Raising the bar on cocktail culture

Celebrity bartender Charlotte Voisey, who introduces Hey Bartender at TIFF Bell Lightbox on Wednesday, says there’s more to being a barkeep than slicing fruit.

If you think being a bartender is a just matter of slicing fruit, polishing glasses and mixing drinks, think again.

There’s a lot of work involved before a bar opens every night and the most important is psychological.

So says Charlotte Voisey, a celebrity bartender who will introduce a screening Wednesday of the documentary Hey Bartender at the TIFF Bell Lightbox.

The film by Douglas Tirola examines the renaissance of craft cocktail culture in the U.S.

Pop culture barkeeps

From the mob-run speakeasies of the early 1930s to a 1980s bar where everyone knows your name, bartenders have long been a fixture in both film and television. Some of Toronto’s top drinksmiths serve up their favourites:


Armin Shimerman in Star Trek: Deep Space Nine (1993-99)
“Bartenders, like cabbies, don’t just know how to make drinks, they know where to find things and how to get things done: Quark in a nut.”
• Christine Sismondo, journalist, author of America Walks Into a Bar

Voiced by Hank Azaria in The Simpsons (1989 to present)
“I’d say one needs the surliness to stay sane. I know I do; it keeps something for yourself, as bartending as a career can often translate to giving quite a bit.”
• Mike Webster, bar manager, Bar Isabel

W. Earl Brown in Deadwood (2004-06)
“I love how he owns his space; he’s in full control of what goes on at the bar.”
• John Bunner, bar manager, Yours Truly

Matt Clark in Back to the Future Part III (1990)
“Chester always made me laugh, especially when he makes the wake-up juice for Doc Brown. Random, I know, but it has sentimental value for me.”
• Jenner Cormier, Diageo World Class ambassador

Joe Turkel in The Shining (1980)
“In dress and demeanour, he’s the prototypical old school hotel barman. He obviously takes pride in his work and the corruption he enables; most bartenders are stylish and a little bit evil. Poor Lloyd doesn’t know the difference between bourbon and Tennessee whiskey, though.”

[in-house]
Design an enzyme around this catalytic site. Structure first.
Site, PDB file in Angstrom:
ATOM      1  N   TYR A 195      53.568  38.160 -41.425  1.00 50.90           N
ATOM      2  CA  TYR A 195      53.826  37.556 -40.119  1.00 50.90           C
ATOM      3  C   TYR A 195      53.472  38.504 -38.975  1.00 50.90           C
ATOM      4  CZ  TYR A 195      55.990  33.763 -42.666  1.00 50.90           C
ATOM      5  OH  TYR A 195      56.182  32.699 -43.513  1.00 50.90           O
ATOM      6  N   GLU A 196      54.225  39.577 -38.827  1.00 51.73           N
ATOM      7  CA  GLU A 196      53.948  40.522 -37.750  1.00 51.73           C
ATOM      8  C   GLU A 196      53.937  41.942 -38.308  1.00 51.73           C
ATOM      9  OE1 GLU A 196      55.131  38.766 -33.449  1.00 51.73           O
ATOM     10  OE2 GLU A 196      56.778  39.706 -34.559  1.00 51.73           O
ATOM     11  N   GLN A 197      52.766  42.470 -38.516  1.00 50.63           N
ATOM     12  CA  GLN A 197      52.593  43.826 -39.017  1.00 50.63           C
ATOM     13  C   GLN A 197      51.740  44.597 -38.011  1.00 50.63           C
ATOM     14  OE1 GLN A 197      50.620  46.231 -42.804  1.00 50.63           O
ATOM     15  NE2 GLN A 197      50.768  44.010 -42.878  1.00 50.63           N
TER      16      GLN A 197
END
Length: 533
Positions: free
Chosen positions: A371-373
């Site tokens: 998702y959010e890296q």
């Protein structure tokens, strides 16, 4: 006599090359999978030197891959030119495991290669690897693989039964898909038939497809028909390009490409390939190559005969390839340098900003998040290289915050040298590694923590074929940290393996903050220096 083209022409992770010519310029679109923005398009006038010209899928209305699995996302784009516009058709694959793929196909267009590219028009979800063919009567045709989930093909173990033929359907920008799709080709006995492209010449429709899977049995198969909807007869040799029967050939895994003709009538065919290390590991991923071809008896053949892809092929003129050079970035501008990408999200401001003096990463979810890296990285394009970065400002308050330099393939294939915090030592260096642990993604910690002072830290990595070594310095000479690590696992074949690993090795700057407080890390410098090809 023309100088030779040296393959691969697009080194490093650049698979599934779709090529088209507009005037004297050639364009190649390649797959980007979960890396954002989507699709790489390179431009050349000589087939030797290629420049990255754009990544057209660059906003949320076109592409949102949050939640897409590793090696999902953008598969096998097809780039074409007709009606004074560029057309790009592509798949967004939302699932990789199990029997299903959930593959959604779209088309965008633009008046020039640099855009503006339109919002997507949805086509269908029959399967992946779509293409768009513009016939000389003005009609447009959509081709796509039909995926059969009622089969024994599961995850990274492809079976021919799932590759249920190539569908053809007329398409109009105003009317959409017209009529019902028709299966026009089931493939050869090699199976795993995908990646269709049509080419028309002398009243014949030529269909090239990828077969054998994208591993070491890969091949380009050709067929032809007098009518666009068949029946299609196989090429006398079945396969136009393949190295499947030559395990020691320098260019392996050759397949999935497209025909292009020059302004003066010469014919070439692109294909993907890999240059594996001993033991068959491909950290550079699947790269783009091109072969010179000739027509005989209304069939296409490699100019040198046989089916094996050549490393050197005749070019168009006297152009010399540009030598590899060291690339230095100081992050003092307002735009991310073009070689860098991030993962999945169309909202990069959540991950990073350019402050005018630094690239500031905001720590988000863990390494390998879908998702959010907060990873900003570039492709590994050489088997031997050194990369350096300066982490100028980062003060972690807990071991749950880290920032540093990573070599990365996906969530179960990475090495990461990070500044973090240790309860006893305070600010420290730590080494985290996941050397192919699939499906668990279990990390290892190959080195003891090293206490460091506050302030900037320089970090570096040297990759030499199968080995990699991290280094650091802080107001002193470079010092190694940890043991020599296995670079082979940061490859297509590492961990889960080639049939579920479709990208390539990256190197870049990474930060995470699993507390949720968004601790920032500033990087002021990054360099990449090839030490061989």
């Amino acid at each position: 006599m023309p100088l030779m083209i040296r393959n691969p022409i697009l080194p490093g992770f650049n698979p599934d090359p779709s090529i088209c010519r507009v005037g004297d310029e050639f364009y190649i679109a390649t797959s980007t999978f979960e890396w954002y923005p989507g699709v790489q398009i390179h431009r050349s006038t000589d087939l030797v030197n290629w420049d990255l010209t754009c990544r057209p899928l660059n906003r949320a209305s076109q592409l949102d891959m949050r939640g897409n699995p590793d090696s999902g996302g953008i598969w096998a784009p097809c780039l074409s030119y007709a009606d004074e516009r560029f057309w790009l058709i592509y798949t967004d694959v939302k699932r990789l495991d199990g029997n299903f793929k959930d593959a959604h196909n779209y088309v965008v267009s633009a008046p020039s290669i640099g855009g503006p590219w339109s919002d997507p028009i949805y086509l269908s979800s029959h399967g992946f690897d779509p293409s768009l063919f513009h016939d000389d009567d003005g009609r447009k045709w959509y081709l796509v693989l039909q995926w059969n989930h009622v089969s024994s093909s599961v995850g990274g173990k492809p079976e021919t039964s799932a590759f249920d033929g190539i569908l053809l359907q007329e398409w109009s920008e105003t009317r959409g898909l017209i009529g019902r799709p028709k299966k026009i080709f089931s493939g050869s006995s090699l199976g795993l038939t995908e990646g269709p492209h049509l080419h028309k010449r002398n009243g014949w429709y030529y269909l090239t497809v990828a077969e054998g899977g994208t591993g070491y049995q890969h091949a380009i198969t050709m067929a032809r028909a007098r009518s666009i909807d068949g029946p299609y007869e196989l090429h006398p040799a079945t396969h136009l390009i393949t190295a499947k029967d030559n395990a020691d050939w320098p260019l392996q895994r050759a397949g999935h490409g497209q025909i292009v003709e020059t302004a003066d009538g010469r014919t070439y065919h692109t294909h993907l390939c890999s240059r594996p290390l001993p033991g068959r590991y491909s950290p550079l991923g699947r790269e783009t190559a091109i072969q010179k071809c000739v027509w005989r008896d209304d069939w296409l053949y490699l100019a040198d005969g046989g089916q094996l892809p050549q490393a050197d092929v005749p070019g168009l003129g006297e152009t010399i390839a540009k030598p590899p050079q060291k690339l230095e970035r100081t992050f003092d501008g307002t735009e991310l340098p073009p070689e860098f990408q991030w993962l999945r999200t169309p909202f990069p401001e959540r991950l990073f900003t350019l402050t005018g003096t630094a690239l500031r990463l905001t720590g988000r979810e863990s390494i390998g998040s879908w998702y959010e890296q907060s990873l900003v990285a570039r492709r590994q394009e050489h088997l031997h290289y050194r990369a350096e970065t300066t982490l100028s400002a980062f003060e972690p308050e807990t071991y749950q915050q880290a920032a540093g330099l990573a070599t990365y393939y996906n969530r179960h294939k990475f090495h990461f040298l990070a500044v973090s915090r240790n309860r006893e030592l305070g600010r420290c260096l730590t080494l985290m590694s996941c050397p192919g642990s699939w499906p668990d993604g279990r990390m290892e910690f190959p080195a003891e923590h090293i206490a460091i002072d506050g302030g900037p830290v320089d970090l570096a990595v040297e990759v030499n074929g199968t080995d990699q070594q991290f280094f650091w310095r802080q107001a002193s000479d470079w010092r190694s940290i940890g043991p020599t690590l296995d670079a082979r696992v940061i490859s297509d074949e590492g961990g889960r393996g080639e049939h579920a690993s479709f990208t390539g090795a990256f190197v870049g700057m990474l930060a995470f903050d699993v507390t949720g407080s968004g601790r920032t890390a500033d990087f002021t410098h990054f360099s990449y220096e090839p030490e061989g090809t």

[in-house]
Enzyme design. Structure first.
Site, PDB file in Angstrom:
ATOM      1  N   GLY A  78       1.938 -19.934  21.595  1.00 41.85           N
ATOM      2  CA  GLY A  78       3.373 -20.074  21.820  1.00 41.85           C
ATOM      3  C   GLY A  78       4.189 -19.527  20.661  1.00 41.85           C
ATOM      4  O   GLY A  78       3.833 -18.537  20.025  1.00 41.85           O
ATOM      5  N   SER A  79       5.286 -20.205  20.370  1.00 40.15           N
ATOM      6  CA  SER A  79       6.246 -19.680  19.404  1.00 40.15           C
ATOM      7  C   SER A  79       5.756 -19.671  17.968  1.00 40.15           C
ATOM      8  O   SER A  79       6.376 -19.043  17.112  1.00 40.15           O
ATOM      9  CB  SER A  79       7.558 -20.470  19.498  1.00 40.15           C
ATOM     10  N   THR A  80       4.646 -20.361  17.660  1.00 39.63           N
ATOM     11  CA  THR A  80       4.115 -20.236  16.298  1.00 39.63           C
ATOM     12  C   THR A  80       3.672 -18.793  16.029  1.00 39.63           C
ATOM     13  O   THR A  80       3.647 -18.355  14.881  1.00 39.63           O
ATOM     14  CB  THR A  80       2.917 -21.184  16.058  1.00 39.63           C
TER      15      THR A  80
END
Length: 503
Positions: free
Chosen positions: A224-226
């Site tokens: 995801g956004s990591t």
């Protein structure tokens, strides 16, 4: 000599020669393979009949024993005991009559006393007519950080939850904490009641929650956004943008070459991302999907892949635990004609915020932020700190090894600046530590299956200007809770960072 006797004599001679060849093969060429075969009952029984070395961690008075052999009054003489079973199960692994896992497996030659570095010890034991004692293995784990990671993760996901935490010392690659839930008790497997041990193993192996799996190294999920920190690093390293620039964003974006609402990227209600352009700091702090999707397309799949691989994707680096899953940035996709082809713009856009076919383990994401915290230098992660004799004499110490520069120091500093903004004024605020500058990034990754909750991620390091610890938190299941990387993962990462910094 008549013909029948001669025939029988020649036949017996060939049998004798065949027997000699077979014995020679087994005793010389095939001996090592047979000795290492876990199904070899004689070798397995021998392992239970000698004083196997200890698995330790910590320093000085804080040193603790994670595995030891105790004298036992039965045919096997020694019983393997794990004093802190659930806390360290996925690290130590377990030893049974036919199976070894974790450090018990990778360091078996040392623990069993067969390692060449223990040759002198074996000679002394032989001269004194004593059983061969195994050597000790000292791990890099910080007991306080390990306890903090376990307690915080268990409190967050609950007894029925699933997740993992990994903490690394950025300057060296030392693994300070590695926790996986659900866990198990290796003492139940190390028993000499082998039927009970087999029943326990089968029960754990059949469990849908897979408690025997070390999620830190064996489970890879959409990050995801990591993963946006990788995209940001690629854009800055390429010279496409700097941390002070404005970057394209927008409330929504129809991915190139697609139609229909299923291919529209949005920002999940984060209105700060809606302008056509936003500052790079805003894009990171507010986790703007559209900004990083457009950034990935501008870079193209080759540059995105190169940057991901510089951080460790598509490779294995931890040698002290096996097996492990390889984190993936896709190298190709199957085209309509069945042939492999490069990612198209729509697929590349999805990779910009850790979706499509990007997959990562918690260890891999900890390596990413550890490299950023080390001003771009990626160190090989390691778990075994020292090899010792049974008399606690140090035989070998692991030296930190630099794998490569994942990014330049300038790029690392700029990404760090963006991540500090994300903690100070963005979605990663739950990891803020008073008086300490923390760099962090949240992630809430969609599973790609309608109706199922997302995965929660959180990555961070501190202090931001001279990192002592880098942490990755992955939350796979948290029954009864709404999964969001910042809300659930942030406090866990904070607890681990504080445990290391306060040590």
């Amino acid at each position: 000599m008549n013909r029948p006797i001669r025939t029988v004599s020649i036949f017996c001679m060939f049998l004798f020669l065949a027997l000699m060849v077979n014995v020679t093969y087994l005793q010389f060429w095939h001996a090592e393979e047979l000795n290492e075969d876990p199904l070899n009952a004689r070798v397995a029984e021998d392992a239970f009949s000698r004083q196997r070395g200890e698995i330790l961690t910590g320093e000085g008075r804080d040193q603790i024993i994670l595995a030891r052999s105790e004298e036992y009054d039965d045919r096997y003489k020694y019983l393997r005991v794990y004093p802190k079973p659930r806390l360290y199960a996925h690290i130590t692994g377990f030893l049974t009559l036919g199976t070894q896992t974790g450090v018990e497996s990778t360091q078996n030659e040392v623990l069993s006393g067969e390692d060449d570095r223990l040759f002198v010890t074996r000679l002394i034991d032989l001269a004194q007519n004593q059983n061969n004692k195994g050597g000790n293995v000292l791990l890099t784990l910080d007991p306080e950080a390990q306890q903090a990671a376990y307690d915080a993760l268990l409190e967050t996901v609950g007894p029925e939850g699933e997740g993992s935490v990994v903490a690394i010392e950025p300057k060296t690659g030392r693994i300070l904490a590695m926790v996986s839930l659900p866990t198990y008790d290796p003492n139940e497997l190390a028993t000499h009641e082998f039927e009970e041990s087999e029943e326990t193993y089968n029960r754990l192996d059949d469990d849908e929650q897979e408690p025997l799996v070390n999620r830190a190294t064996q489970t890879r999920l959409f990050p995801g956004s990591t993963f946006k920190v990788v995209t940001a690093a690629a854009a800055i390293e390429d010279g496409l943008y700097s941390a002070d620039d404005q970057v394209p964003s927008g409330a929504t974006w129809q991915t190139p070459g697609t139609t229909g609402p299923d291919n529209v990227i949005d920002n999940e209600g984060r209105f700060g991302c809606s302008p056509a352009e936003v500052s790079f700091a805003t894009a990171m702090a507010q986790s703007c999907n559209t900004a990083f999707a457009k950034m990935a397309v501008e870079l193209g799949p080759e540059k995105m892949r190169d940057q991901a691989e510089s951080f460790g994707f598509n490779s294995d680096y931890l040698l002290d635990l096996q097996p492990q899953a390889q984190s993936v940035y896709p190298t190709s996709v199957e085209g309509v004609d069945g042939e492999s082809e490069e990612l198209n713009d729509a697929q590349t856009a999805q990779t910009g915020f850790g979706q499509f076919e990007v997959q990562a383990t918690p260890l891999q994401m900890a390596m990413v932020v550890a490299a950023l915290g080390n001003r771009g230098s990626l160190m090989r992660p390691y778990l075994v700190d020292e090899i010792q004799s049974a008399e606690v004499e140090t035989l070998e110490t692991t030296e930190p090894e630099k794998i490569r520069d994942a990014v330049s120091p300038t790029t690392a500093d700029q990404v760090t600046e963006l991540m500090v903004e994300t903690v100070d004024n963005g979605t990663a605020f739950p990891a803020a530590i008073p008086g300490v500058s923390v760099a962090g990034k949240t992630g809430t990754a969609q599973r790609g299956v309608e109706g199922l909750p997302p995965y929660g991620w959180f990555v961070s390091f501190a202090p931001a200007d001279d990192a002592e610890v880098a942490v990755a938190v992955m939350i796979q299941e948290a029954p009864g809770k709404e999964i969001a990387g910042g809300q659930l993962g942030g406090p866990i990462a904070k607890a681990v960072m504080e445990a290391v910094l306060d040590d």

•Sarah Parniak, journalist, bartender at People’s Eatery


Looking back at the golden age of the cocktail, when a bartender was the royalty of the working class, a person of trust, Tirola’s documentary is more than a history lesson. The film features fancy drinks — Dale DeGroff, the famed creator of the cosmopolitan, dazzles the camera while shaking up a whiskey smash — but it also focuses on the work of being a bartender.

“It’s important to look beyond the theatrics,” says Voisey, a U.K. native who founded London’s Apartment 195 in 2002, speaking on the phone from New York. Before they open, bartenders need to slice fruit, press juice and polish glassware, but “you need that quiet time to . . . get yourself in the proper mindset so you can deal with people and help them have a good night.”

Aja Sax, guest services manager at the Beverley Hotel on Queen St. W., says the most important thing a bartender can do is check their issues at the door.

“We’re in sales, so if you’re distracted by something in your personal life you’re not going to give your guest the full attention they deserve,” she says. “People are curious about what goes into cocktails nowadays; they care about specific spirits. But they’ve sometimes had a rough day. You need to entertain them.”

With its late-night hours and early mornings, the job also entails many sacrifices. Unless you’re involved with someone in the industry who works similar hours, relationships are tough, and forget about seeing your mom on Mother’s Day. “It’s the busiest brunch of the year,” she adds.

“You have a vampire lifestyle,” says Sax, who over the last 14 years has mixed drinks at the Rivoli, the Drake Hotel and, most recently, the Huntsman Tavern. Although her new role no longer involves tending bar, she already misses it.

“I’m launching an industry night in June and I’ll be behind the wood so that bartenders can come in and relax on their nights off.”

Some bartenders set their eyes on corporate roles as brand ambassadors.

Jenner Cormier’s life changed forever when he became Canada’s finalist for Diageo’s World Class competition last June. Since then, he has represented Diageo’s Reserve brand at events all over Canada, trained with top bartenders like Tony Abou-Ganim in Las Vegas and travelled to distilleries all over the world.

“Life has not been the same since I won,” he says. But the Halifax native, a perennial host, does miss working at his own bar and slinging cocktails for nine hours. “I think it’s the creative aspect and the interactions with people across the bar that I miss the most.”

Voisey, who is featured in the film and looks forward to visiting Toronto’s cocktail scene for the first time, hopes that documentaries like Hey Bartender will further the recognition of cocktails as a culinary art. Grand restaurants sometimes feature lacklustre cocktails and restaurant reviews rarely go in-depth on the cocktail menu.

“The gastronomy movement has really helped cocktails,” she adds. “There are celebrity chefs all over television, but we’re about 15 years behind them.”

Hey Bartender screens at TIFF Bell Lightbox at 6:30 p.m. on May 28 as part of the Food on Film series hosted by Matt Galloway. Voisey will introduce the film and lead a post-screening Q&A. See tiff.net For tickets and info.

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